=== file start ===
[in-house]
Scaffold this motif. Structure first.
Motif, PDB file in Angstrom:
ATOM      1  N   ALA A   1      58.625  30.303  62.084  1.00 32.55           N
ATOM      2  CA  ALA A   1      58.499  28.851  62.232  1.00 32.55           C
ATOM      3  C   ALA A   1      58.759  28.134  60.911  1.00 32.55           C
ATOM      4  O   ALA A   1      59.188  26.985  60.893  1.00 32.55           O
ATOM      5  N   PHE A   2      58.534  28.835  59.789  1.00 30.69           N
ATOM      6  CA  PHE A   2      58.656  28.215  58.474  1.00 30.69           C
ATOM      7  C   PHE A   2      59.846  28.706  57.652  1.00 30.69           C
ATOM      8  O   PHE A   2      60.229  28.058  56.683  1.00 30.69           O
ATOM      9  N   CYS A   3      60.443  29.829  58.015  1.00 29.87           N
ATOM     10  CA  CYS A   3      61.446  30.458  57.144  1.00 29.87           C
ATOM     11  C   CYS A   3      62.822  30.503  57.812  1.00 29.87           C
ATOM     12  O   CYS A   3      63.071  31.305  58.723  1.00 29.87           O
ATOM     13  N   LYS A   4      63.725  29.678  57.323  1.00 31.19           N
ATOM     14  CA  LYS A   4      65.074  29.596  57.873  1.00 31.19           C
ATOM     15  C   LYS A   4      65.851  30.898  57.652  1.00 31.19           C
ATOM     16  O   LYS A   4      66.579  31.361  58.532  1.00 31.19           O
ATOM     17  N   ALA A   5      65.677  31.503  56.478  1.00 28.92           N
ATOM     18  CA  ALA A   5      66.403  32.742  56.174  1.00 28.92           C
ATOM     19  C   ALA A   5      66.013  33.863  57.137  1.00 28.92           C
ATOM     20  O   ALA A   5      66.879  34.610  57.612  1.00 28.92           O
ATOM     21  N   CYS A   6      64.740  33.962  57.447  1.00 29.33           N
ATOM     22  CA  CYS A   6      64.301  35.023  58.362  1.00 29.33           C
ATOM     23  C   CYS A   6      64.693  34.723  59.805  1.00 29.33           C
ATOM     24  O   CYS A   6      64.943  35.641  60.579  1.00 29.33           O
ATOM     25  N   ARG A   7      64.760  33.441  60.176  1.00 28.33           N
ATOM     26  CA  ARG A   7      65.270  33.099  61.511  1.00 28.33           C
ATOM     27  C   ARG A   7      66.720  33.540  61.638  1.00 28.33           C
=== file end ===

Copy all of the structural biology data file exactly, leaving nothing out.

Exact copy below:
[in-house]
Scaffold this motif. Structure first.
Motif, PDB file in Angstrom:
ATOM      1  N   ALA A   1      58.625  30.303  62.084  1.00 32.55           N
ATOM      2  CA  ALA A   1      58.499  28.851  62.232  1.00 32.55           C
ATOM      3  C   ALA A   1      58.759  28.134  60.911  1.00 32.55           C
ATOM      4  O   ALA A   1      59.188  26.985  60.893  1.00 32.55           O
ATOM      5  N   PHE A   2      58.534  28.835  59.789  1.00 30.69           N
ATOM      6  CA  PHE A   2      58.656  28.215  58.474  1.00 30.69           C
ATOM      7  C   PHE A   2      59.846  28.706  57.652  1.00 30.69           C
ATOM      8  O   PHE A   2      60.229  28.058  56.683  1.00 30.69           O
ATOM      9  N   CYS A   3      60.443  29.829  58.015  1.00 29.87           N
ATOM     10  CA  CYS A   3      61.446  30.458  57.144  1.00 29.87           C
ATOM     11  C   CYS A   3      62.822  30.503  57.812  1.00 29.87           C
ATOM     12  O   CYS A   3      63.071  31.305  58.723  1.00 29.87           O
ATOM     13  N   LYS A   4      63.725  29.678  57.323  1.00 31.19           N
ATOM     14  CA  LYS A   4      65.074  29.596  57.873  1.00 31.19           C
ATOM     15  C   LYS A   4      65.851  30.898  57.652  1.00 31.19           C
ATOM     16  O   LYS A   4      66.579  31.361  58.532  1.00 31.19           O
ATOM     17  N   ALA A   5      65.677  31.503  56.478  1.00 28.92           N
ATOM     18  CA  ALA A   5      66.403  32.742  56.174  1.00 28.92           C
ATOM     19  C   ALA A   5      66.013  33.863  57.137  1.00 28.92           C
ATOM     20  O   ALA A   5      66.879  34.610  57.612  1.00 28.92           O
ATOM     21  N   CYS A   6      64.740  33.962  57.447  1.00 29.33           N
ATOM     22  CA  CYS A   6      64.301  35.023  58.362  1.00 29.33           C
ATOM     23  C   CYS A   6      64.693  34.723  59.805  1.00 29.33           C
ATOM     24  O   CYS A   6      64.943  35.641  60.579  1.00 29.33           O
ATOM     25  N   ARG A   7      64.760  33.441  60.176  1.00 28.33           N
ATOM     26  CA  ARG A   7      65.270  33.099  61.511  1.00 28.33           C
ATOM     27  C   ARG A   7      66.720  33.540  61.638  1.00 28.33           C